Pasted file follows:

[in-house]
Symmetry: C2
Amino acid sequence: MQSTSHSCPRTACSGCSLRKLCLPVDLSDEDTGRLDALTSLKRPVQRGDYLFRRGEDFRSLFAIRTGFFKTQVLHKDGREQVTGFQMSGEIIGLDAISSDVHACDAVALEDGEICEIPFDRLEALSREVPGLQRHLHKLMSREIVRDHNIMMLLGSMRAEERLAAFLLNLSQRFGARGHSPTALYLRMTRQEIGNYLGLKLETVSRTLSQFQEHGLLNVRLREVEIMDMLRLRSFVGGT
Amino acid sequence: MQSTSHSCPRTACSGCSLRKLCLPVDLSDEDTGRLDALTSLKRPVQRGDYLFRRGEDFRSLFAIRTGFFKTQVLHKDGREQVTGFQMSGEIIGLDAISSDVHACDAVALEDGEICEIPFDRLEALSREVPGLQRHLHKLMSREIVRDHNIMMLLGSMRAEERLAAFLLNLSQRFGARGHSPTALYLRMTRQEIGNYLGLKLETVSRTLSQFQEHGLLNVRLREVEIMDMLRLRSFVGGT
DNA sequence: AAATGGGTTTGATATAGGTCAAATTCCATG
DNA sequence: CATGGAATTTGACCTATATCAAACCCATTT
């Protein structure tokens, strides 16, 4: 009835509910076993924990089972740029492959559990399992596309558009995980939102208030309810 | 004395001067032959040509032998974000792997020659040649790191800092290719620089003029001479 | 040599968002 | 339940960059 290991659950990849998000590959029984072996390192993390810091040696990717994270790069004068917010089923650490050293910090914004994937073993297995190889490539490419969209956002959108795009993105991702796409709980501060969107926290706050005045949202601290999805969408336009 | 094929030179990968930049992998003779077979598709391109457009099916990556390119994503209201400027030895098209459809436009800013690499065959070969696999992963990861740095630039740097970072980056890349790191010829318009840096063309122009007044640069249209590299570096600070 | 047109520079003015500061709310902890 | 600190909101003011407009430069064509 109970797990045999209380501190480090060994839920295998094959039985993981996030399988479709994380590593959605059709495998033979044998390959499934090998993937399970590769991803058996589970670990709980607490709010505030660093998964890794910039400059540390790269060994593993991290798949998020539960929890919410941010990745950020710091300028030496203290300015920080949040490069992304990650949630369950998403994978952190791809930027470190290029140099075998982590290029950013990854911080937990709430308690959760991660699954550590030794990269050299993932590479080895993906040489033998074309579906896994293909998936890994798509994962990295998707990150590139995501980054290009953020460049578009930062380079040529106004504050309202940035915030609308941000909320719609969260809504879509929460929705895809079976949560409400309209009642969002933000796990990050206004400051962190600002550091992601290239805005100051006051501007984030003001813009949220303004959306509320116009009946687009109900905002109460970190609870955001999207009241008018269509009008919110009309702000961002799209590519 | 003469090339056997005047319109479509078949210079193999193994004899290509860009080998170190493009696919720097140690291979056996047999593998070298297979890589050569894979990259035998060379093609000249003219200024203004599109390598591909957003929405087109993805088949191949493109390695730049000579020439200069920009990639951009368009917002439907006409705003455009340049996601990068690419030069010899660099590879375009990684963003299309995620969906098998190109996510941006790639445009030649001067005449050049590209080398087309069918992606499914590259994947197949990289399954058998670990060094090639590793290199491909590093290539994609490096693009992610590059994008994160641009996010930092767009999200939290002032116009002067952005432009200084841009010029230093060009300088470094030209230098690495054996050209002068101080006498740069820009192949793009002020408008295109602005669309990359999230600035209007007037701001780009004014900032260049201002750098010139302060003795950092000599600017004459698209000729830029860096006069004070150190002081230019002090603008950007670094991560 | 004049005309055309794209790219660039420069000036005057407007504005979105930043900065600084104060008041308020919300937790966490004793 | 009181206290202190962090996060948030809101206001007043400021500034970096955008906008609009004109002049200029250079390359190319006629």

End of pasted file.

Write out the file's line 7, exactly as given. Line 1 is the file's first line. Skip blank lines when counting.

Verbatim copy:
């Protein structure tokens, strides 16, 4: 009835509910076993924990089972740029492959559990399992596309558009995980939102208030309810 | 004395001067032959040509032998974000792997020659040649790191800092290719620089003029001479 | 040599968002 | 339940960059 290991659950990849998000590959029984072996390192993390810091040696990717994270790069004068917010089923650490050293910090914004994937073993297995190889490539490419969209956002959108795009993105991702796409709980501060969107926290706050005045949202601290999805969408336009 | 094929030179990968930049992998003779077979598709391109457009099916990556390119994503209201400027030895098209459809436009800013690499065959070969696999992963990861740095630039740097970072980056890349790191010829318009840096063309122009007044640069249209590299570096600070 | 047109520079003015500061709310902890 | 600190909101003011407009430069064509 109970797990045999209380501190480090060994839920295998094959039985993981996030399988479709994380590593959605059709495998033979044998390959499934090998993937399970590769991803058996589970670990709980607490709010505030660093998964890794910039400059540390790269060994593993991290798949998020539960929890919410941010990745950020710091300028030496203290300015920080949040490069992304990650949630369950998403994978952190791809930027470190290029140099075998982590290029950013990854911080937990709430308690959760991660699954550590030794990269050299993932590479080895993906040489033998074309579906896994293909998936890994798509994962990295998707990150590139995501980054290009953020460049578009930062380079040529106004504050309202940035915030609308941000909320719609969260809504879509929460929705895809079976949560409400309209009642969002933000796990990050206004400051962190600002550091992601290239805005100051006051501007984030003001813009949220303004959306509320116009009946687009109900905002109460970190609870955001999207009241008018269509009008919110009309702000961002799209590519 | 003469090339056997005047319109479509078949210079193999193994004899290509860009080998170190493009696919720097140690291979056996047999593998070298297979890589050569894979990259035998060379093609000249003219200024203004599109390598591909957003929405087109993805088949191949493109390695730049000579020439200069920009990639951009368009917002439907006409705003455009340049996601990068690419030069010899660099590879375009990684963003299309995620969906098998190109996510941006790639445009030649001067005449050049590209080398087309069918992606499914590259994947197949990289399954058998670990060094090639590793290199491909590093290539994609490096693009992610590059994008994160641009996010930092767009999200939290002032116009002067952005432009200084841009010029230093060009300088470094030209230098690495054996050209002068101080006498740069820009192949793009002020408008295109602005669309990359999230600035209007007037701001780009004014900032260049201002750098010139302060003795950092000599600017004459698209000729830029860096006069004070150190002081230019002090603008950007670094991560 | 004049005309055309794209790219660039420069000036005057407007504005979105930043900065600084104060008041308020919300937790966490004793 | 009181206290202190962090996060948030809101206001007043400021500034970096955008906008609009004109002049200029250079390359190319006629």